Journalists and WikiLeaks

Dan Gillmor has some sharp things to say about hysterical attitudes of some US towards Wikileaks and its founder.

The political class’ frothing against WikiLeaks is to be expected, even if it’s stirring up the kind of passion that almost always leads to bad outcomes. But what to make of the equally violent suggestions from people who call themselves journalists?

Two Washington Post columnists, among many others, have been racing to see who can be the more warmongering. The reliably bellicose Charles Krauthammer invited the U.S. government to kill Julian Assange, while his colleague Marc A. Thiessen was only slightly less bloodthirsty when he urged cyber attacks on WikiLeaks and any other sites that might be showing the leaked cables.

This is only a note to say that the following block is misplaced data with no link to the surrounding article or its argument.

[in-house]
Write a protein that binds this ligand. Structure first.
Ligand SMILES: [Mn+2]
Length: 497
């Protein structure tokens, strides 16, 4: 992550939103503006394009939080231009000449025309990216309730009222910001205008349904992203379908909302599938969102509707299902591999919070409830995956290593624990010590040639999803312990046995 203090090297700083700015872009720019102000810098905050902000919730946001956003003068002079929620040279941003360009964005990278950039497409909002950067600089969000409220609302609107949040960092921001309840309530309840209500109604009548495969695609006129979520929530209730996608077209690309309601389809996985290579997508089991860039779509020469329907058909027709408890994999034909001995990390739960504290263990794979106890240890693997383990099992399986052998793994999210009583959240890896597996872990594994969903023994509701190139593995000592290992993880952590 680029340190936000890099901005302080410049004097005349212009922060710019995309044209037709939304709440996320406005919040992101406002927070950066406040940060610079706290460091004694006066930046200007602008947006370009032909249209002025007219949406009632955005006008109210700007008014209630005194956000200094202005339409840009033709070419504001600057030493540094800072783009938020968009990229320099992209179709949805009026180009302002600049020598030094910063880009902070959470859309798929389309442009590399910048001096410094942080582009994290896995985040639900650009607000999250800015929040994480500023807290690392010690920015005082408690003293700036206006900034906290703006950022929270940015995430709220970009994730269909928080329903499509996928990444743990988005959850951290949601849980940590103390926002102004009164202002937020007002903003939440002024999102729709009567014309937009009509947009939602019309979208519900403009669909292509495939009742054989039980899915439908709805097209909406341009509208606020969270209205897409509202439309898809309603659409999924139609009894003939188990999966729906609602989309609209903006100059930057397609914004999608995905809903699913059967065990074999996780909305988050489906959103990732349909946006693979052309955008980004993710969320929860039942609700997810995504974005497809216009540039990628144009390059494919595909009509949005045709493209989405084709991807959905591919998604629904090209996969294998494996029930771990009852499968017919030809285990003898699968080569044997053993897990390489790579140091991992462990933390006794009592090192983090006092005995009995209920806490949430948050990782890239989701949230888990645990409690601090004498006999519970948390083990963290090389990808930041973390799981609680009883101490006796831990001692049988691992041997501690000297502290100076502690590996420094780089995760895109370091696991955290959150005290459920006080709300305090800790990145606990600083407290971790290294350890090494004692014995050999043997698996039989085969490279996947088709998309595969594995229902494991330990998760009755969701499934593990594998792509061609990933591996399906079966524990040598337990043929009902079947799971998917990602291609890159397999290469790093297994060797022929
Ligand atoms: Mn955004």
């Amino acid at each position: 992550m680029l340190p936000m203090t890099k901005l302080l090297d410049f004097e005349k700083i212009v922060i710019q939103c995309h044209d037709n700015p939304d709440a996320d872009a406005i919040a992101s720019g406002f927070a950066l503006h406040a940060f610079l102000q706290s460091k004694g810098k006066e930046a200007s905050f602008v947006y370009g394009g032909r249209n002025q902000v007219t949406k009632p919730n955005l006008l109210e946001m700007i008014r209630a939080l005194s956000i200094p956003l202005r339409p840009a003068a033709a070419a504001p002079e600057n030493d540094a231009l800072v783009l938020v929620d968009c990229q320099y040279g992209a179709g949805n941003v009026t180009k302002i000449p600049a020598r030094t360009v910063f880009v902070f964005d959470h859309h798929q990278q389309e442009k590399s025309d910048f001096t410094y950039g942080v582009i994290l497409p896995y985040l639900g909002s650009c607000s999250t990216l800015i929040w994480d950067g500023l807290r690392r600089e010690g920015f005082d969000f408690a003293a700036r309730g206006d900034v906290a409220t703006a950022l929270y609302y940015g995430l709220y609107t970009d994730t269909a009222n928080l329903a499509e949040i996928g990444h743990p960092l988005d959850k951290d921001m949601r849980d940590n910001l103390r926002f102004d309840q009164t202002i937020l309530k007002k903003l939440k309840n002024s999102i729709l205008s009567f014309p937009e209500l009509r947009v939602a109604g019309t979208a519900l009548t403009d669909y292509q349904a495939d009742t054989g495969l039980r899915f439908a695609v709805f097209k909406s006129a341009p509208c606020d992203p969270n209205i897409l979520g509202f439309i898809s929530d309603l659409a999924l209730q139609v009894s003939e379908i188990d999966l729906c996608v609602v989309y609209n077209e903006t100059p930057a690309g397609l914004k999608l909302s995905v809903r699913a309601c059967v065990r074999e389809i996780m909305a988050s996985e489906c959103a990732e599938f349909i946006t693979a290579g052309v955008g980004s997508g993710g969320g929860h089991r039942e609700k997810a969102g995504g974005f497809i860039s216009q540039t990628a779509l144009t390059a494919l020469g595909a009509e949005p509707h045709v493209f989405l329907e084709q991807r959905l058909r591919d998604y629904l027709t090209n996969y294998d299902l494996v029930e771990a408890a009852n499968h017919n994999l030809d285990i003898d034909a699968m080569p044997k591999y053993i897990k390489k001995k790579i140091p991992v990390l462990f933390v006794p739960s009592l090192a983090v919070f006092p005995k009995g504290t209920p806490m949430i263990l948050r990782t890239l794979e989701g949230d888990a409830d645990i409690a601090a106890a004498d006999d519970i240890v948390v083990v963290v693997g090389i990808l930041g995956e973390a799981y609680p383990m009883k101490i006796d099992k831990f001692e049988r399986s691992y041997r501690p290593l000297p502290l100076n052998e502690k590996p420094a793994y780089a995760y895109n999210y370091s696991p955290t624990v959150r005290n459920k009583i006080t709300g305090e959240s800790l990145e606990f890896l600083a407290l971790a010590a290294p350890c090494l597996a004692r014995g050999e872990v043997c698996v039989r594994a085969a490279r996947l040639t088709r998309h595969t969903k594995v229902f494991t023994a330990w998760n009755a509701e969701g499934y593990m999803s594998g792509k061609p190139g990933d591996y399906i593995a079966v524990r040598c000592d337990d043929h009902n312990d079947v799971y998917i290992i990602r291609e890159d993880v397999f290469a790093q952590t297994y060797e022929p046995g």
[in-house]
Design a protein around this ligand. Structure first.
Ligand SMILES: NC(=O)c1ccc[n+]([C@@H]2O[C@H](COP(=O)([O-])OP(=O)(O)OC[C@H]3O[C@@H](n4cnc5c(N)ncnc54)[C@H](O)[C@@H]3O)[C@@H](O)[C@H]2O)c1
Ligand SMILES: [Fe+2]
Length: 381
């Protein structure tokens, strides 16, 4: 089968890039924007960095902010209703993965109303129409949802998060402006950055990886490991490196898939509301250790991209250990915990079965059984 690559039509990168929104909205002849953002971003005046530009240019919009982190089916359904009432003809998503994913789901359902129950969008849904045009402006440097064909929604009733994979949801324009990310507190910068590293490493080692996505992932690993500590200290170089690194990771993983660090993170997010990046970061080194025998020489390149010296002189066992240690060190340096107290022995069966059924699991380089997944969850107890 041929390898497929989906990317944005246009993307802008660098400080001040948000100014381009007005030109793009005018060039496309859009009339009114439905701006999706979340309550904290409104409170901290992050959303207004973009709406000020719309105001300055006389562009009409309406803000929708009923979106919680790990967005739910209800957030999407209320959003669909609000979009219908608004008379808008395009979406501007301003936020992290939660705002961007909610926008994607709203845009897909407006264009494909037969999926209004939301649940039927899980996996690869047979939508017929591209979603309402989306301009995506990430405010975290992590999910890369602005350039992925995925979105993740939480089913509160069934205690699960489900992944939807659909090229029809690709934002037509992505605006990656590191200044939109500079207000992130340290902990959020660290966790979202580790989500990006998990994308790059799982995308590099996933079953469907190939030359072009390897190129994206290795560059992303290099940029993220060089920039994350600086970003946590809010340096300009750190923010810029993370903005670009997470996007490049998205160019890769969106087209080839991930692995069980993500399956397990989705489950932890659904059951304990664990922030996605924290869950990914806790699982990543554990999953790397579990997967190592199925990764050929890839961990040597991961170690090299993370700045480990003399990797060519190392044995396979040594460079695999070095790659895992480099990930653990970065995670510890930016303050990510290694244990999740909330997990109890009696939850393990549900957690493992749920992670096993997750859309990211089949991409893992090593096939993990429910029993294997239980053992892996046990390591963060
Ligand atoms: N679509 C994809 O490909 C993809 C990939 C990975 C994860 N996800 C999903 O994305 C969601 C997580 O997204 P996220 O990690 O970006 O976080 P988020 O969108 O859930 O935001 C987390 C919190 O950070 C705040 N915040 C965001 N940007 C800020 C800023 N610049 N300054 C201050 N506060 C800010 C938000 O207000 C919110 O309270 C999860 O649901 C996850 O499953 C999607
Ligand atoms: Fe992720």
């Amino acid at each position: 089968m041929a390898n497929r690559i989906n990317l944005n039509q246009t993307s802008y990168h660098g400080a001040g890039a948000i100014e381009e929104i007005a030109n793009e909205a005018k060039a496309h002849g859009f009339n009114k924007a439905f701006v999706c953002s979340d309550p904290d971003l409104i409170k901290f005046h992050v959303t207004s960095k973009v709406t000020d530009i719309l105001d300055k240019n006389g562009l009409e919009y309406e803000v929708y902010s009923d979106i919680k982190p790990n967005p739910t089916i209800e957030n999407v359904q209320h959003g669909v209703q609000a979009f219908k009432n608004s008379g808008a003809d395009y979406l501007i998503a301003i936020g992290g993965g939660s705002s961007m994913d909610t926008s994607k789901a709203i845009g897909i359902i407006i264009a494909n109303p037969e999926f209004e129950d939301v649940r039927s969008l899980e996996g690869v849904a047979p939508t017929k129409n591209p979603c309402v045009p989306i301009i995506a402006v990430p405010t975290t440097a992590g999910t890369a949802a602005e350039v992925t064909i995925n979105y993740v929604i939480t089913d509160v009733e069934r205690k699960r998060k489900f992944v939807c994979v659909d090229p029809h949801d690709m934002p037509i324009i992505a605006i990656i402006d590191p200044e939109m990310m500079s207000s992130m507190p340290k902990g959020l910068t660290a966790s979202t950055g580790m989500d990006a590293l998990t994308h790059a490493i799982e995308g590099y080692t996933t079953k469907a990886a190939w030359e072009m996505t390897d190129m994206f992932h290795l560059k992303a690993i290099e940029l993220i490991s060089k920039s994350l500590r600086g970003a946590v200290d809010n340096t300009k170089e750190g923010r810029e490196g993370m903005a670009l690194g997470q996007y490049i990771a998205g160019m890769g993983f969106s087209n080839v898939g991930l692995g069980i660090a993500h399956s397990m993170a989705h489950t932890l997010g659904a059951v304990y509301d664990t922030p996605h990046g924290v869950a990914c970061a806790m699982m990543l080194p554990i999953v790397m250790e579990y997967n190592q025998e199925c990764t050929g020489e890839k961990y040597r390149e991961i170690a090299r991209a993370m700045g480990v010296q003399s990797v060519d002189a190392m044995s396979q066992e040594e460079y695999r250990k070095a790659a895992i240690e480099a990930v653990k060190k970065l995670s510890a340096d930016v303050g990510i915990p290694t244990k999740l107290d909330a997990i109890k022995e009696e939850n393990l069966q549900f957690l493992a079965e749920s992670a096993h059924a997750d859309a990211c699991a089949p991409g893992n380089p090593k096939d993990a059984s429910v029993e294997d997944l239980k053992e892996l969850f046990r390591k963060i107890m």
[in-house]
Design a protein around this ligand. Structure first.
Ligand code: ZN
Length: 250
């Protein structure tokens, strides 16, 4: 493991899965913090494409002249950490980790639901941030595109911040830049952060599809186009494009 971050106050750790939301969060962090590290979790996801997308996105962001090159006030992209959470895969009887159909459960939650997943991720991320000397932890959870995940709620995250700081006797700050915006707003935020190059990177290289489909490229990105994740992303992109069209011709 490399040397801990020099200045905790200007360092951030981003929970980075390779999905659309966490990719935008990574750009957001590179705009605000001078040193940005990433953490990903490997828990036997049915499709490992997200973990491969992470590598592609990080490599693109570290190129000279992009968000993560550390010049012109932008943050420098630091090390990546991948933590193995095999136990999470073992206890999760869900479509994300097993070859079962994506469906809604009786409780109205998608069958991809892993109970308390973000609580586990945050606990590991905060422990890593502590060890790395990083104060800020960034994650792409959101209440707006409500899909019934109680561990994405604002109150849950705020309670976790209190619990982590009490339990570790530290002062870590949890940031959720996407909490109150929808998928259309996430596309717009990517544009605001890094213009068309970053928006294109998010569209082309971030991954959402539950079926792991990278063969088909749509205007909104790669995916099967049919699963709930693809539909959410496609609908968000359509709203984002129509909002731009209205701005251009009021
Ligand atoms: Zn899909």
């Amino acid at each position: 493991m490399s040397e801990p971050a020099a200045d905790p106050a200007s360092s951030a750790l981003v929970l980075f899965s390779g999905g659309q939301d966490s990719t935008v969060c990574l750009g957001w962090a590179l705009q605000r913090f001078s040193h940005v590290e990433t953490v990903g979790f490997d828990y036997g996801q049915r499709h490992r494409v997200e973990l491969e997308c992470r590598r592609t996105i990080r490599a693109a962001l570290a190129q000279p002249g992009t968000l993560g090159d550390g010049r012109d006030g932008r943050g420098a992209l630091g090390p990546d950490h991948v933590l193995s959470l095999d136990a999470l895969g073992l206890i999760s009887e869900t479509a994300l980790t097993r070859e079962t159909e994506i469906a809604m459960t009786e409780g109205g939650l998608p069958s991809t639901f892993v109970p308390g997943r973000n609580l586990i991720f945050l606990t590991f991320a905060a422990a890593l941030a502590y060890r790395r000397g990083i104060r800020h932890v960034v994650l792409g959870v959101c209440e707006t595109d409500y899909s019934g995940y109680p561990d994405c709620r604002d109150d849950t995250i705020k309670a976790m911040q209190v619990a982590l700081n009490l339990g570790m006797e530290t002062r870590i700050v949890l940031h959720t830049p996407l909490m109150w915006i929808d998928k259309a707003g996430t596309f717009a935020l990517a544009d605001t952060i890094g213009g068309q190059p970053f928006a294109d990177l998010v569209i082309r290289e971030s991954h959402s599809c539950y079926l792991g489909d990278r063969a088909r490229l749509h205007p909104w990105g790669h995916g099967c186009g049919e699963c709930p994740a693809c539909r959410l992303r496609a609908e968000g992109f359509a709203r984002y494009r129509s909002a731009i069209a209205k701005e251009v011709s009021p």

Of course, the New York Times, Washington Post and many other news organizations in the U.S. and other nations have published classified information themselves in the past — many, many times — without any help from WikiLeaks. Bob Woodward has practically made a career of publishing leaked information. By the same logic that the censors and their media acolytes are using against WikiLeaks, those organizations and lots of others could and should be subject to censorship as well. By Krauthammer’s sick standards, the death squads should be converging soon on his own offices, as well as those of the Times and London’s Guardian and more.